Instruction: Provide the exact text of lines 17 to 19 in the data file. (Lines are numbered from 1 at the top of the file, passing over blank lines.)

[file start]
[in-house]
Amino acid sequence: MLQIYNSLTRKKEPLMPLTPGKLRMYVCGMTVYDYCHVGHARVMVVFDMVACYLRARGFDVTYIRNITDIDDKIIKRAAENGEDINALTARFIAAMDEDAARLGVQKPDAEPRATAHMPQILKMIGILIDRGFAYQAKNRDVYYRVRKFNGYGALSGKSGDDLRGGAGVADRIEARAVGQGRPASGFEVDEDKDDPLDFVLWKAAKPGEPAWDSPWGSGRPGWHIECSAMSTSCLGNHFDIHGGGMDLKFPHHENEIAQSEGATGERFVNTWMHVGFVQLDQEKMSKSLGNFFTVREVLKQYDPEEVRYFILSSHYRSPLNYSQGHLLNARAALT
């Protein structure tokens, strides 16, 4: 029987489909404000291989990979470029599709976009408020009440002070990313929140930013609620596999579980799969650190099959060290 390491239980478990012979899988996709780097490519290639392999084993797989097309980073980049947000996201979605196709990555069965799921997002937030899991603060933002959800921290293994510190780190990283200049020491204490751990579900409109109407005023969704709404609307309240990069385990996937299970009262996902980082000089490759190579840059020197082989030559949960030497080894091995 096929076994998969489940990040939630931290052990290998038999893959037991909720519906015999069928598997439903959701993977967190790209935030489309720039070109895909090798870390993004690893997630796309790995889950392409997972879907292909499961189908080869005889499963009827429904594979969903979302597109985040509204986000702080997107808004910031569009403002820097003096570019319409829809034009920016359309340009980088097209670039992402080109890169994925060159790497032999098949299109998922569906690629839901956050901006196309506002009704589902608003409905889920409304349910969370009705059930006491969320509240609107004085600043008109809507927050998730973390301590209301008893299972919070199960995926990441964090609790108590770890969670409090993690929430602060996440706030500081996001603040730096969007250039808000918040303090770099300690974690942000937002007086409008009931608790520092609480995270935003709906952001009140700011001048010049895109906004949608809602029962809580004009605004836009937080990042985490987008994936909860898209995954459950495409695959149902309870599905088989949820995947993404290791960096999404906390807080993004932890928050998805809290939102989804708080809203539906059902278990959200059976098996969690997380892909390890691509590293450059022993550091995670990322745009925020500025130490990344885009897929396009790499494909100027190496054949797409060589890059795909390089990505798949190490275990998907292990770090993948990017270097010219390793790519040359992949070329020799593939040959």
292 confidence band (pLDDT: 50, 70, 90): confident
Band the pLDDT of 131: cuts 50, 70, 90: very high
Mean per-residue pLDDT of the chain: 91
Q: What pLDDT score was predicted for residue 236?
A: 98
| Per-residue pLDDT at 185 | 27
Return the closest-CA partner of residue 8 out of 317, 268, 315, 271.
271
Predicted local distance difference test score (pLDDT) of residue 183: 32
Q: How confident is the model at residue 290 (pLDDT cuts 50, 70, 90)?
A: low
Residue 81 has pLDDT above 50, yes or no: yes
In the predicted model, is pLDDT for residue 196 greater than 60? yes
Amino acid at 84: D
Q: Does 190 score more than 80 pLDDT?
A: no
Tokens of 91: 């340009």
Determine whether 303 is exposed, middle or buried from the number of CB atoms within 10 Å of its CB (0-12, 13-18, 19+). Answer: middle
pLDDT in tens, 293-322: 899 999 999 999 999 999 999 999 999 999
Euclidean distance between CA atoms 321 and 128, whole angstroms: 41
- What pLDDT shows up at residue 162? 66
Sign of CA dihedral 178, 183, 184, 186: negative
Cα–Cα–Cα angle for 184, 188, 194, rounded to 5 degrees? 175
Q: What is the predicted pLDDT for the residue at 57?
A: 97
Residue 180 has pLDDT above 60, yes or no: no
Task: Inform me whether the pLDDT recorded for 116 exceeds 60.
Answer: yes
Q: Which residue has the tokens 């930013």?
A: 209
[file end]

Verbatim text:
Amino acid at 84: D
Q: Does 190 score more than 80 pLDDT?
A: no